3 Problem 1: Next Generation Secure Internet (10 Points) a) (5 points) One of the major features of the AIP protocol is to provide self-certification for the public key of a domain. Using such a self-certification scheme, can the AIP protocol be implemented completely without the use of a PKI? If yes, explain why is it possible. If not, provide a case where AIP does rely on a PKI. b) (5 points) Recall the accountability service mechanism we read in the paper by Bender et al. Their Strawman approach relies on each sender having a PKI certificate and the sender signing each packet with the private key. To achieve a more efficient mechanism, the authors propose to essentially set up shared secret keys using Diffie-Hellman-based public-key certificates and using the shared secret to attach a MAC to each packet (no need to go into more details here). Is non-repudiation still achieved in the more efficient version? Explain why or why not. If not, how would you redesign the scheme to achieve non-repudiation? 3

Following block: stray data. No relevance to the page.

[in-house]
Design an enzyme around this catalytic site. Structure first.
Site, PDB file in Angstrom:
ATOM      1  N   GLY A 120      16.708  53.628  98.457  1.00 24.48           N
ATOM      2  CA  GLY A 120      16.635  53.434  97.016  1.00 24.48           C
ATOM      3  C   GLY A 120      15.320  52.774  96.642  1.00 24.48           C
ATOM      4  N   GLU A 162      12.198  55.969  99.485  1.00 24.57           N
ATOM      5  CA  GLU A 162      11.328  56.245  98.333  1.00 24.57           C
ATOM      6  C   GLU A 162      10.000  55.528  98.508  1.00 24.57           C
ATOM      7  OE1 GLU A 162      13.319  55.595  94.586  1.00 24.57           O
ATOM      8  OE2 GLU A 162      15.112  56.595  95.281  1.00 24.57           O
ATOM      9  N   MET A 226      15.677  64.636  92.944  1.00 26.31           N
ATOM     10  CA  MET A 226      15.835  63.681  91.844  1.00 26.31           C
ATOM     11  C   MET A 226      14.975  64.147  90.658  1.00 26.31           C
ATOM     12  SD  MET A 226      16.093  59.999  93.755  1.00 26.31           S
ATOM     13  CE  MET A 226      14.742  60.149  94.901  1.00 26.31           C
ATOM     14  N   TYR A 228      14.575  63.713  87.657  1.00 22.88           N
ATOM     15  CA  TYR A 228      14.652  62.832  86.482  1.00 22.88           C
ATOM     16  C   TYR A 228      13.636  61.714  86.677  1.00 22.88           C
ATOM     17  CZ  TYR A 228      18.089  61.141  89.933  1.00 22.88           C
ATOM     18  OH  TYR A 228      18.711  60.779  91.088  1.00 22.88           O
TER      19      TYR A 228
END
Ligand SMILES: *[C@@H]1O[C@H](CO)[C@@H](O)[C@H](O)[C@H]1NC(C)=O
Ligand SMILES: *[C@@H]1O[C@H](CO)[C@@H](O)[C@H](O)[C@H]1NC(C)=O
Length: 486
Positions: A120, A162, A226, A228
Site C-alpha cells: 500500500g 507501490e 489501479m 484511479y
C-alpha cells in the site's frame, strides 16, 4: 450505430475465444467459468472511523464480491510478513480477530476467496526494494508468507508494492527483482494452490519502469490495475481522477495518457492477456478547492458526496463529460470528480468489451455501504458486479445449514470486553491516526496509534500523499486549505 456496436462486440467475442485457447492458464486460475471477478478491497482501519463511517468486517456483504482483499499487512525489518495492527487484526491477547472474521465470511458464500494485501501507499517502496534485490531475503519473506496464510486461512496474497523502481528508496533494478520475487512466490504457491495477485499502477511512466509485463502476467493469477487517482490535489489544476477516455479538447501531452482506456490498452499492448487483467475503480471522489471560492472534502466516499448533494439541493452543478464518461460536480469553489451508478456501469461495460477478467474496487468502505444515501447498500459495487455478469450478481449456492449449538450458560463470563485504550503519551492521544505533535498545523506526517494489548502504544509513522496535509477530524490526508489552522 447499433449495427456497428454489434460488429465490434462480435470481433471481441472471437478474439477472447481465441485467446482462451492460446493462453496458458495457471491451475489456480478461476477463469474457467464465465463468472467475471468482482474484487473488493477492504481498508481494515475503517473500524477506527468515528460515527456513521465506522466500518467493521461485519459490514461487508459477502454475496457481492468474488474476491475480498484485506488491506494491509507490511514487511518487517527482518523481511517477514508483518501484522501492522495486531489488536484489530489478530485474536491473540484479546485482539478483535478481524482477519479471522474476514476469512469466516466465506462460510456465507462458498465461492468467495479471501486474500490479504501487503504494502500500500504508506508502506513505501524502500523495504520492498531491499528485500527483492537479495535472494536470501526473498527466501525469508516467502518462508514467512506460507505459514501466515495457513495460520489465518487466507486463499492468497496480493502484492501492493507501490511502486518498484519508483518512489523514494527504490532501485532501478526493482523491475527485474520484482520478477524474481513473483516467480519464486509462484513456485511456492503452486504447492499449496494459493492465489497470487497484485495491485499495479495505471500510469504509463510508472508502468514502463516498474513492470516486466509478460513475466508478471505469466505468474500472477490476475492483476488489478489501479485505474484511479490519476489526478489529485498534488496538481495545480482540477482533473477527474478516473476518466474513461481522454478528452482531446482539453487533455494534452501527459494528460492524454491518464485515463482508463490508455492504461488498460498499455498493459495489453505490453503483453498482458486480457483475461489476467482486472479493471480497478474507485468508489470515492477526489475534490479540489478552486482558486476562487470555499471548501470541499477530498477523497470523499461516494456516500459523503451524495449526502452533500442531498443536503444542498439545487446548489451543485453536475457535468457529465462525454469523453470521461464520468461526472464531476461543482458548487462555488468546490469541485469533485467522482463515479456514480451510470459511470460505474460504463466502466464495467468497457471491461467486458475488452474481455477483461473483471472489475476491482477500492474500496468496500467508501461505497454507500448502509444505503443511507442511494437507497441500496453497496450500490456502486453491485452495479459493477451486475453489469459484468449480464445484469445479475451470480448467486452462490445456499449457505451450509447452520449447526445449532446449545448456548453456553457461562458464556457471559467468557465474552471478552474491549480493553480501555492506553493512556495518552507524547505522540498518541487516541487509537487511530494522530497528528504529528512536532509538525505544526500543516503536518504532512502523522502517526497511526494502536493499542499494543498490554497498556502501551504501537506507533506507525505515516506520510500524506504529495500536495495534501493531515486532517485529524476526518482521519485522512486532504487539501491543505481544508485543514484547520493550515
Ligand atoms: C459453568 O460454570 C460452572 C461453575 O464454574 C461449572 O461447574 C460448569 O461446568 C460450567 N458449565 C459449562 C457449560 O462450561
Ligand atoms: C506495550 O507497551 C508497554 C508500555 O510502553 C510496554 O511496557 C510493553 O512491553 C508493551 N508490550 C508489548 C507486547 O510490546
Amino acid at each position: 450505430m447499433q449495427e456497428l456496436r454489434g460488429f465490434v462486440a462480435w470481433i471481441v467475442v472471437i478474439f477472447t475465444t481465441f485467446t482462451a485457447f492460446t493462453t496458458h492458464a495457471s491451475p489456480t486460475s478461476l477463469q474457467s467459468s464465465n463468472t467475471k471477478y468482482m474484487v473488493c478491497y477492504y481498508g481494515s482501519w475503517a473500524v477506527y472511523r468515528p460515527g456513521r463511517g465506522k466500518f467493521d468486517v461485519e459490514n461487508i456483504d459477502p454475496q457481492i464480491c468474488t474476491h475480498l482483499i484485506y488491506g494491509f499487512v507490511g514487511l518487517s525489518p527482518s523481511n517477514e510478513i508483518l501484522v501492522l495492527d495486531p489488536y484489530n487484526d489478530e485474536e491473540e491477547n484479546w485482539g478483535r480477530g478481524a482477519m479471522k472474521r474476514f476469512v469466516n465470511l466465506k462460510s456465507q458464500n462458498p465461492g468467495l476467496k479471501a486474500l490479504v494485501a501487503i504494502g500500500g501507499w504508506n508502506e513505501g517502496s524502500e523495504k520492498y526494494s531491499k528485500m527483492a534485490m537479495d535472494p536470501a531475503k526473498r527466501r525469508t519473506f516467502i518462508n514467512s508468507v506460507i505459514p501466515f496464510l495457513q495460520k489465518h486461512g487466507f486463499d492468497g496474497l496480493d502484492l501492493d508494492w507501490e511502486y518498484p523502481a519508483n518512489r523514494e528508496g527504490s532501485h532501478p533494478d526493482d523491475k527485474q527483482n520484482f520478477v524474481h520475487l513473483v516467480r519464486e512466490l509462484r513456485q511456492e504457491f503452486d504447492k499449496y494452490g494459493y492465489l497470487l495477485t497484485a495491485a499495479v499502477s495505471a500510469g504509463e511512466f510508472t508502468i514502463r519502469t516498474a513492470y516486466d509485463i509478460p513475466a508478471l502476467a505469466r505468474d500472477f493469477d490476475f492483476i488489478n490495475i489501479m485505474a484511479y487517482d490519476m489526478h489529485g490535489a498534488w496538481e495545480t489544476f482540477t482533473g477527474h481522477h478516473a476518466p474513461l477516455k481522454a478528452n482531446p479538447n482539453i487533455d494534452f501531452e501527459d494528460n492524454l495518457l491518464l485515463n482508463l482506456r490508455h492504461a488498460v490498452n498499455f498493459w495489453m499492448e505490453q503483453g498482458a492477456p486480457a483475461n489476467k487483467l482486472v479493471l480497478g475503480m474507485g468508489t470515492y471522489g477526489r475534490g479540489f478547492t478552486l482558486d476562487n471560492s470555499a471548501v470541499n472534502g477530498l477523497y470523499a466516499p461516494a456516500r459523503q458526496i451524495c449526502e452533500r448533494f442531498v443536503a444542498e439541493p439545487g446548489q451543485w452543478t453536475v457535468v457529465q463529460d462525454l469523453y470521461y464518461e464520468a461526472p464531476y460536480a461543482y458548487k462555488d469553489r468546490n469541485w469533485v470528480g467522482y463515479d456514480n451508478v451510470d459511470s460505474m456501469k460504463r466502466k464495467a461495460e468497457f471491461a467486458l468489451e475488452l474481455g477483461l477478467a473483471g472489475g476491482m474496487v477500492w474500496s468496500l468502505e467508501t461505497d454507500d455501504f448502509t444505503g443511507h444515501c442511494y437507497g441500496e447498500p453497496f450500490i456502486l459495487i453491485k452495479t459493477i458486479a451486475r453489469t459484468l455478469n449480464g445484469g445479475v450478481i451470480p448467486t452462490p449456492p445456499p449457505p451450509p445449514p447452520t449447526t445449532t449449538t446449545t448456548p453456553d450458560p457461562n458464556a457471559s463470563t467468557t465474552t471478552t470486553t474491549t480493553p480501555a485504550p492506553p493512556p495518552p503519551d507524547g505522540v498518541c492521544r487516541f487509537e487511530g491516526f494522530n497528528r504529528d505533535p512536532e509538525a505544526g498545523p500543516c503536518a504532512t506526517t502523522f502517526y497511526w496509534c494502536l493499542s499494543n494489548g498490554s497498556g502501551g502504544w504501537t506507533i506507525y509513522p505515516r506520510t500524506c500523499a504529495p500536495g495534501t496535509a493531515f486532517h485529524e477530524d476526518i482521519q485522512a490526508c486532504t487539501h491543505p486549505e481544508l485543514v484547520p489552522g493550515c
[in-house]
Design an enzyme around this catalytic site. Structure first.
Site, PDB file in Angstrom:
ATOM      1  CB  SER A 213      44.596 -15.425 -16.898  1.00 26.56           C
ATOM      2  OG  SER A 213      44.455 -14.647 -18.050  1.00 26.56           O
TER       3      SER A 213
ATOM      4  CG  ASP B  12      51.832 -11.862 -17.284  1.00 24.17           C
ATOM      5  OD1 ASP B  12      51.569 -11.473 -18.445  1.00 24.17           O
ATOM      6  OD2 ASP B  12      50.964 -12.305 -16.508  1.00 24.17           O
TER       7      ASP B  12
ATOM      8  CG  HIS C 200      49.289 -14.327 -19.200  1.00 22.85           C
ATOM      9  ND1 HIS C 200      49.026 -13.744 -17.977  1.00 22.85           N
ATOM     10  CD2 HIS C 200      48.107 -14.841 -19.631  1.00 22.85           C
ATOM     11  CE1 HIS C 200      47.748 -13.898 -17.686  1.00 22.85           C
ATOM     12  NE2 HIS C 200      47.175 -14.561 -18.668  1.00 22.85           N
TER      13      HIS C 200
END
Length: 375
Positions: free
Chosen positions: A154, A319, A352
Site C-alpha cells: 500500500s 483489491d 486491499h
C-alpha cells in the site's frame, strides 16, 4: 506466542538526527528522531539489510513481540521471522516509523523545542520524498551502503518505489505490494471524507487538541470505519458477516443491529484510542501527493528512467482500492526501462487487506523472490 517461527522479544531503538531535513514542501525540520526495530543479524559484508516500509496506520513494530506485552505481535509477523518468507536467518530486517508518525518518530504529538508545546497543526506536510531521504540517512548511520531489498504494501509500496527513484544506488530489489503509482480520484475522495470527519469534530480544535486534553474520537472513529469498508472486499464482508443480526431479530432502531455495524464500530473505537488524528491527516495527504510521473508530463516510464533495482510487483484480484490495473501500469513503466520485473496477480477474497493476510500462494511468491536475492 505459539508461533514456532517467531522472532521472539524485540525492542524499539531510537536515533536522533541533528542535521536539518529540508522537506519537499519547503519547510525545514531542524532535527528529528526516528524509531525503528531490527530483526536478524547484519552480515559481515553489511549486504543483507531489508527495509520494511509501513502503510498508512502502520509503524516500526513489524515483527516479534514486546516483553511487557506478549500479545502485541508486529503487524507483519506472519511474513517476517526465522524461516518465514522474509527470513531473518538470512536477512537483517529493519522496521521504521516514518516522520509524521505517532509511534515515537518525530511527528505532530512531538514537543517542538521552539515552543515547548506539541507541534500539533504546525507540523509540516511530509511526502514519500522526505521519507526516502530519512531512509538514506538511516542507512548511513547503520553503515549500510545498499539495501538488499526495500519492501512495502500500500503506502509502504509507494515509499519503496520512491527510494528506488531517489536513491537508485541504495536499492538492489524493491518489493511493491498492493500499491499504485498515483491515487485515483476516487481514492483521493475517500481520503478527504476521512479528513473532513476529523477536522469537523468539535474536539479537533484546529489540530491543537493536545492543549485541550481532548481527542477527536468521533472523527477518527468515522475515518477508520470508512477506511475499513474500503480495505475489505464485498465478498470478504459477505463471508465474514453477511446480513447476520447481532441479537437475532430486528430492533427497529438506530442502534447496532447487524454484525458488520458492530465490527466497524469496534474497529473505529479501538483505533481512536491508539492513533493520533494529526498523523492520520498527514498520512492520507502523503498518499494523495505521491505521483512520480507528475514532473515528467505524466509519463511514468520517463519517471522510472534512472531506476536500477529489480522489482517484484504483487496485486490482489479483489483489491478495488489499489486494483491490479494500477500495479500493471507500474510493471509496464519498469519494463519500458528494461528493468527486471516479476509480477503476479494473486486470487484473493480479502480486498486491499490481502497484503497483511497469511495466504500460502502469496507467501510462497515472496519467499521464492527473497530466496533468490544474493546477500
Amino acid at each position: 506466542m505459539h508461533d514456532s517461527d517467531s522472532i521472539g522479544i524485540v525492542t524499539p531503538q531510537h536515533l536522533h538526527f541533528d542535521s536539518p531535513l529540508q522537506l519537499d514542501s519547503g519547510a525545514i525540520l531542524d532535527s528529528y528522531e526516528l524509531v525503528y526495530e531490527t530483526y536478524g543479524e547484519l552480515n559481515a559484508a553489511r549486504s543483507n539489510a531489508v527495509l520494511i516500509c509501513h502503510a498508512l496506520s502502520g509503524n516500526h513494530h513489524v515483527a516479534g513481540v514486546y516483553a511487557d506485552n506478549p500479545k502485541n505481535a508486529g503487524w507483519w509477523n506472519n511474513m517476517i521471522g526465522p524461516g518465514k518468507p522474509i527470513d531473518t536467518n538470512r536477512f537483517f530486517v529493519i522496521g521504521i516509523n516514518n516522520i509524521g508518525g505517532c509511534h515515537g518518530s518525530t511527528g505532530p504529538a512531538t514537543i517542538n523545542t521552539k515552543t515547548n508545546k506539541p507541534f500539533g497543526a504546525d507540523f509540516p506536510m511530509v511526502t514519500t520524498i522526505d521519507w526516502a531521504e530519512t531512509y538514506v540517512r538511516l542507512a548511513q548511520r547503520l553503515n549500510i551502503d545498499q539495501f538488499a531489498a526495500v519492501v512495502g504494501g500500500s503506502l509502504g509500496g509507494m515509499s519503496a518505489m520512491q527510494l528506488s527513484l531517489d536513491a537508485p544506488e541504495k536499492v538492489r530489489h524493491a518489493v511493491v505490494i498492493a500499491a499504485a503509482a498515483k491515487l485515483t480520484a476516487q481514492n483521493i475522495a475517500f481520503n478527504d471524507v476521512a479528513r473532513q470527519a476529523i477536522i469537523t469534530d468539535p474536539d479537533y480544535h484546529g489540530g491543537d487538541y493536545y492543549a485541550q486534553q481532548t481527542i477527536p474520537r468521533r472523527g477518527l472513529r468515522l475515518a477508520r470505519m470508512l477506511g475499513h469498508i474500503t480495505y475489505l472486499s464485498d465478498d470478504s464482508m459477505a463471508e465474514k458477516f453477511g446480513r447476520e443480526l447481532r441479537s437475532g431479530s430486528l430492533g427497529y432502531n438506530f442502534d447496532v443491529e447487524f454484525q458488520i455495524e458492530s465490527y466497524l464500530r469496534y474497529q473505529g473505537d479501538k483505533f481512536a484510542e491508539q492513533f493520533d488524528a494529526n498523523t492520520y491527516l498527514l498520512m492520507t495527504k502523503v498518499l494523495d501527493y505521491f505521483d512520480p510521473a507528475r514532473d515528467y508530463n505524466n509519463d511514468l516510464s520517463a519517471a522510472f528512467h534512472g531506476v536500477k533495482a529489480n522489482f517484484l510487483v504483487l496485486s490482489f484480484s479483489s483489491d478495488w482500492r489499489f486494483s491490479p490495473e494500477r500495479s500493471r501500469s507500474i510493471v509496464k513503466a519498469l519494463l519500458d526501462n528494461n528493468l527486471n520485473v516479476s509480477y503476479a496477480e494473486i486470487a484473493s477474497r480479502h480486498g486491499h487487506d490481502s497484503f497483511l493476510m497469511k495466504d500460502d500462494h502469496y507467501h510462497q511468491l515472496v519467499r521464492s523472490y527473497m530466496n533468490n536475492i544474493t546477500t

4 Problem 2: SSL (15 Points) Recall the SSL handshake protocol taught in class, in this case using ephemeral DH key agreement: C client hello S server hello server certificate server key exchange server hello done Ephemeral DH key exchange Contains RSA public key certificate g, p, g s mod p, {H(g,q,g s mod p)} KS 1 client key exchange change cipherspec finished g c mod p Compute keys, set up ciphers Contains authenticator for early messages change cipherspec finished Compute keys, set up ciphers Contains authenticator for early messages a) (5 points) An attacker wants to perform a computational DoS attack on the server using one of the messages of the SSL handshake protocol. Which message or sequence of messages should the attacker use to launch a DoS attack on the server? Explain why. 4